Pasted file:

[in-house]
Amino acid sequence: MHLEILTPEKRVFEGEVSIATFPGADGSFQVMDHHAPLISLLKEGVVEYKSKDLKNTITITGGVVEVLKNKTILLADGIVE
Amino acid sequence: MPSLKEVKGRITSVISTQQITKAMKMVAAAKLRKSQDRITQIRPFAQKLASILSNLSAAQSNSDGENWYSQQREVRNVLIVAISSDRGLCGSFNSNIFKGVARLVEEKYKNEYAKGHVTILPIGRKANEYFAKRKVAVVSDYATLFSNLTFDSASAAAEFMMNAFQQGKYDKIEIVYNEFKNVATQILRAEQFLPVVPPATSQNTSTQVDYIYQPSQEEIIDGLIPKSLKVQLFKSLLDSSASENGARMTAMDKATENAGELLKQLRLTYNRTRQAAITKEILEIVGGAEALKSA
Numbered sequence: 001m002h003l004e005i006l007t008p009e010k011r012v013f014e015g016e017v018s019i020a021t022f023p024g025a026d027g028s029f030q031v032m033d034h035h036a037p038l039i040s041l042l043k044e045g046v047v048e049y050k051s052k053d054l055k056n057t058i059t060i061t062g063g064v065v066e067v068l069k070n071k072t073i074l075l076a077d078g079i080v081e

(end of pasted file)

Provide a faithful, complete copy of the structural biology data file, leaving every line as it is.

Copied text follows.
[in-house]
Amino acid sequence: MHLEILTPEKRVFEGEVSIATFPGADGSFQVMDHHAPLISLLKEGVVEYKSKDLKNTITITGGVVEVLKNKTILLADGIVE
Amino acid sequence: MPSLKEVKGRITSVISTQQITKAMKMVAAAKLRKSQDRITQIRPFAQKLASILSNLSAAQSNSDGENWYSQQREVRNVLIVAISSDRGLCGSFNSNIFKGVARLVEEKYKNEYAKGHVTILPIGRKANEYFAKRKVAVVSDYATLFSNLTFDSASAAAEFMMNAFQQGKYDKIEIVYNEFKNVATQILRAEQFLPVVPPATSQNTSTQVDYIYQPSQEEIIDGLIPKSLKVQLFKSLLDSSASENGARMTAMDKATENAGELLKQLRLTYNRTRQAAITKEILEIVGGAEALKSA
Numbered sequence: 001m002h003l004e005i006l007t008p009e010k011r012v013f014e015g016e017v018s019i020a021t022f023p024g025a026d027g028s029f030q031v032m033d034h035h036a037p038l039i040s041l042l043k044e045g046v047v048e049y050k051s052k053d054l055k056n057t058i059t060i061t062g063g064v065v066e067v068l069k070n071k072t073i074l075l076a077d078g079i080v081e